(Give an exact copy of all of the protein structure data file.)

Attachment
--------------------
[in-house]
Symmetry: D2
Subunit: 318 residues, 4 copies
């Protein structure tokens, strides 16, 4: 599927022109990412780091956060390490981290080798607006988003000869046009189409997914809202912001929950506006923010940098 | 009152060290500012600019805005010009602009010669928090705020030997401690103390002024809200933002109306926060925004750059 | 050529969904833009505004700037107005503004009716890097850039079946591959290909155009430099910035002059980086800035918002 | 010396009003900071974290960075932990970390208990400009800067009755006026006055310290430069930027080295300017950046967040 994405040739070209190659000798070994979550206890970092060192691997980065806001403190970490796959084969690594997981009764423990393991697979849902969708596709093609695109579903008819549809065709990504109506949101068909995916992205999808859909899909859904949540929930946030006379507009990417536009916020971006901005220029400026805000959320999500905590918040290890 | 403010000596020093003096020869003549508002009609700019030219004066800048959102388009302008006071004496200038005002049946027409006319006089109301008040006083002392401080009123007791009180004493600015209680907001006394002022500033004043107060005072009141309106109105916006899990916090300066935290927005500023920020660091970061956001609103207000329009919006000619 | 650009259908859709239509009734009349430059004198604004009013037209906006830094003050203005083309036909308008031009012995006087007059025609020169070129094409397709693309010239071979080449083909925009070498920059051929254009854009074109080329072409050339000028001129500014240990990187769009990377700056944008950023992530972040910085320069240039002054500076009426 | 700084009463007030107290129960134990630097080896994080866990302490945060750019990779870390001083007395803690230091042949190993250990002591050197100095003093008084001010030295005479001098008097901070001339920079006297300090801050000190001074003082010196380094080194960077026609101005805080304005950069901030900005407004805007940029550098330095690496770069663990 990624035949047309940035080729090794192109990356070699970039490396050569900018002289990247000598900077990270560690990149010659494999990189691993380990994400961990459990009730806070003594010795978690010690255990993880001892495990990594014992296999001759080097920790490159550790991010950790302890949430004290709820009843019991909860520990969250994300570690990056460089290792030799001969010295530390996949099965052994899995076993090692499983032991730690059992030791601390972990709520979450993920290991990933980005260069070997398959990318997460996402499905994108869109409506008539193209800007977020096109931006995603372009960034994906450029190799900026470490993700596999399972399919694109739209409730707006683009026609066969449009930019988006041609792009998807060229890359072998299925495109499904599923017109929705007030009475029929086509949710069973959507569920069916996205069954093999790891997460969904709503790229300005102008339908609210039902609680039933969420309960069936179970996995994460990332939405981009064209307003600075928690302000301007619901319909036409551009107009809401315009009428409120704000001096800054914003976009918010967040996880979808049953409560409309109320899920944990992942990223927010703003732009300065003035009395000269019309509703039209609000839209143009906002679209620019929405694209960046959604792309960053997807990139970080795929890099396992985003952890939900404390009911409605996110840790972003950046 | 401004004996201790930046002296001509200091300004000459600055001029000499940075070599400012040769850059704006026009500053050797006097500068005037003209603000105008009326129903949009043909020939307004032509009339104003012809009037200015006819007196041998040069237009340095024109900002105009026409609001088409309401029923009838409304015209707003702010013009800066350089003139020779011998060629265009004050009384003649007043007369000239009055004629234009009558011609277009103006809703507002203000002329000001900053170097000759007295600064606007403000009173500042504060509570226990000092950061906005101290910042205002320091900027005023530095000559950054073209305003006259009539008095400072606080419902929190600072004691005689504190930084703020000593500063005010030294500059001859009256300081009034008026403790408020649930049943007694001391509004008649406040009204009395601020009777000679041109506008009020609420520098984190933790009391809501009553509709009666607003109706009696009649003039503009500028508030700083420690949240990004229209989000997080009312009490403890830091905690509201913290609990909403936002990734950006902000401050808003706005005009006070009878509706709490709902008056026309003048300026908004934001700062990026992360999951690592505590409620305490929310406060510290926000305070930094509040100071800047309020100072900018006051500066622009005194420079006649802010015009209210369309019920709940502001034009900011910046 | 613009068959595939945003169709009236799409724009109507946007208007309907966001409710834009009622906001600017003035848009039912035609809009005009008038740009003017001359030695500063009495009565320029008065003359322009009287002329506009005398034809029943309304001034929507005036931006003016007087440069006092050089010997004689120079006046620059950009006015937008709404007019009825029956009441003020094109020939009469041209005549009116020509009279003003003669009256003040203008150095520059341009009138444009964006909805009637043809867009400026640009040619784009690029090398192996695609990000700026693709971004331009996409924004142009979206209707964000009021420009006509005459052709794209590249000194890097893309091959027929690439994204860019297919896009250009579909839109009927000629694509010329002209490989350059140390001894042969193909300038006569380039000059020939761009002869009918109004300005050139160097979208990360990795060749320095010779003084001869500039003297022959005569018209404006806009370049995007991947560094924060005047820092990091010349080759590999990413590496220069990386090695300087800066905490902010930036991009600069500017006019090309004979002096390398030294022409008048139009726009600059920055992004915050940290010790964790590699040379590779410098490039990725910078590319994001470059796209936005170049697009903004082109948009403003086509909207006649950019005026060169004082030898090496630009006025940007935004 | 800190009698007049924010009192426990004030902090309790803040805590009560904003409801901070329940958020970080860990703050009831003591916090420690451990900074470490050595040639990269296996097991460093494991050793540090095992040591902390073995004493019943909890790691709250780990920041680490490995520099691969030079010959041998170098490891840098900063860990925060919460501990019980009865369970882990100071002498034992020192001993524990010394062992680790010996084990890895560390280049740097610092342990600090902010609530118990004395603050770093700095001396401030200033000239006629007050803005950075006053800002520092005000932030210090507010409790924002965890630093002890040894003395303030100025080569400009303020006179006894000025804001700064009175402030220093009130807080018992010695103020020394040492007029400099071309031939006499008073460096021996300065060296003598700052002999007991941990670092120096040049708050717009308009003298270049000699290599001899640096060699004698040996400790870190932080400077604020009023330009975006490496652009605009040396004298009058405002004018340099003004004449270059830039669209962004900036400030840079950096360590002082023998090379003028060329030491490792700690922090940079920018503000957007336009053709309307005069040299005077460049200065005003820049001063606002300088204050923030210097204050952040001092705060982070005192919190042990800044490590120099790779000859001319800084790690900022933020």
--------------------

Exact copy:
[in-house]
Symmetry: D2
Subunit: 318 residues, 4 copies
């Protein structure tokens, strides 16, 4: 599927022109990412780091956060390490981290080798607006988003000869046009189409997914809202912001929950506006923010940098 | 009152060290500012600019805005010009602009010669928090705020030997401690103390002024809200933002109306926060925004750059 | 050529969904833009505004700037107005503004009716890097850039079946591959290909155009430099910035002059980086800035918002 | 010396009003900071974290960075932990970390208990400009800067009755006026006055310290430069930027080295300017950046967040 994405040739070209190659000798070994979550206890970092060192691997980065806001403190970490796959084969690594997981009764423990393991697979849902969708596709093609695109579903008819549809065709990504109506949101068909995916992205999808859909899909859904949540929930946030006379507009990417536009916020971006901005220029400026805000959320999500905590918040290890 | 403010000596020093003096020869003549508002009609700019030219004066800048959102388009302008006071004496200038005002049946027409006319006089109301008040006083002392401080009123007791009180004493600015209680907001006394002022500033004043107060005072009141309106109105916006899990916090300066935290927005500023920020660091970061956001609103207000329009919006000619 | 650009259908859709239509009734009349430059004198604004009013037209906006830094003050203005083309036909308008031009012995006087007059025609020169070129094409397709693309010239071979080449083909925009070498920059051929254009854009074109080329072409050339000028001129500014240990990187769009990377700056944008950023992530972040910085320069240039002054500076009426 | 700084009463007030107290129960134990630097080896994080866990302490945060750019990779870390001083007395803690230091042949190993250990002591050197100095003093008084001010030295005479001098008097901070001339920079006297300090801050000190001074003082010196380094080194960077026609101005805080304005950069901030900005407004805007940029550098330095690496770069663990 990624035949047309940035080729090794192109990356070699970039490396050569900018002289990247000598900077990270560690990149010659494999990189691993380990994400961990459990009730806070003594010795978690010690255990993880001892495990990594014992296999001759080097920790490159550790991010950790302890949430004290709820009843019991909860520990969250994300570690990056460089290792030799001969010295530390996949099965052994899995076993090692499983032991730690059992030791601390972990709520979450993920290991990933980005260069070997398959990318997460996402499905994108869109409506008539193209800007977020096109931006995603372009960034994906450029190799900026470490993700596999399972399919694109739209409730707006683009026609066969449009930019988006041609792009998807060229890359072998299925495109499904599923017109929705007030009475029929086509949710069973959507569920069916996205069954093999790891997460969904709503790229300005102008339908609210039902609680039933969420309960069936179970996995994460990332939405981009064209307003600075928690302000301007619901319909036409551009107009809401315009009428409120704000001096800054914003976009918010967040996880979808049953409560409309109320899920944990992942990223927010703003732009300065003035009395000269019309509703039209609000839209143009906002679209620019929405694209960046959604792309960053997807990139970080795929890099396992985003952890939900404390009911409605996110840790972003950046 | 401004004996201790930046002296001509200091300004000459600055001029000499940075070599400012040769850059704006026009500053050797006097500068005037003209603000105008009326129903949009043909020939307004032509009339104003012809009037200015006819007196041998040069237009340095024109900002105009026409609001088409309401029923009838409304015209707003702010013009800066350089003139020779011998060629265009004050009384003649007043007369000239009055004629234009009558011609277009103006809703507002203000002329000001900053170097000759007295600064606007403000009173500042504060509570226990000092950061906005101290910042205002320091900027005023530095000559950054073209305003006259009539008095400072606080419902929190600072004691005689504190930084703020000593500063005010030294500059001859009256300081009034008026403790408020649930049943007694001391509004008649406040009204009395601020009777000679041109506008009020609420520098984190933790009391809501009553509709009666607003109706009696009649003039503009500028508030700083420690949240990004229209989000997080009312009490403890830091905690509201913290609990909403936002990734950006902000401050808003706005005009006070009878509706709490709902008056026309003048300026908004934001700062990026992360999951690592505590409620305490929310406060510290926000305070930094509040100071800047309020100072900018006051500066622009005194420079006649802010015009209210369309019920709940502001034009900011910046 | 613009068959595939945003169709009236799409724009109507946007208007309907966001409710834009009622906001600017003035848009039912035609809009005009008038740009003017001359030695500063009495009565320029008065003359322009009287002329506009005398034809029943309304001034929507005036931006003016007087440069006092050089010997004689120079006046620059950009006015937008709404007019009825029956009441003020094109020939009469041209005549009116020509009279003003003669009256003040203008150095520059341009009138444009964006909805009637043809867009400026640009040619784009690029090398192996695609990000700026693709971004331009996409924004142009979206209707964000009021420009006509005459052709794209590249000194890097893309091959027929690439994204860019297919896009250009579909839109009927000629694509010329002209490989350059140390001894042969193909300038006569380039000059020939761009002869009918109004300005050139160097979208990360990795060749320095010779003084001869500039003297022959005569018209404006806009370049995007991947560094924060005047820092990091010349080759590999990413590496220069990386090695300087800066905490902010930036991009600069500017006019090309004979002096390398030294022409008048139009726009600059920055992004915050940290010790964790590699040379590779410098490039990725910078590319994001470059796209936005170049697009903004082109948009403003086509909207006649950019005026060169004082030898090496630009006025940007935004 | 800190009698007049924010009192426990004030902090309790803040805590009560904003409801901070329940958020970080860990703050009831003591916090420690451990900074470490050595040639990269296996097991460093494991050793540090095992040591902390073995004493019943909890790691709250780990920041680490490995520099691969030079010959041998170098490891840098900063860990925060919460501990019980009865369970882990100071002498034992020192001993524990010394062992680790010996084990890895560390280049740097610092342990600090902010609530118990004395603050770093700095001396401030200033000239006629007050803005950075006053800002520092005000932030210090507010409790924002965890630093002890040894003395303030100025080569400009303020006179006894000025804001700064009175402030220093009130807080018992010695103020020394040492007029400099071309031939006499008073460096021996300065060296003598700052002999007991941990670092120096040049708050717009308009003298270049000699290599001899640096060699004698040996400790870190932080400077604020009023330009975006490496652009605009040396004298009058405002004018340099003004004449270059830039669209962004900036400030840079950096360590002082023998090379003028060329030491490792700690922090940079920018503000957007336009053709309307005069040299005077460049200065005003820049001063606002300088204050923030210097204050952040001092705060982070005192919190042990800044490590120099790779000859001319800084790690900022933020």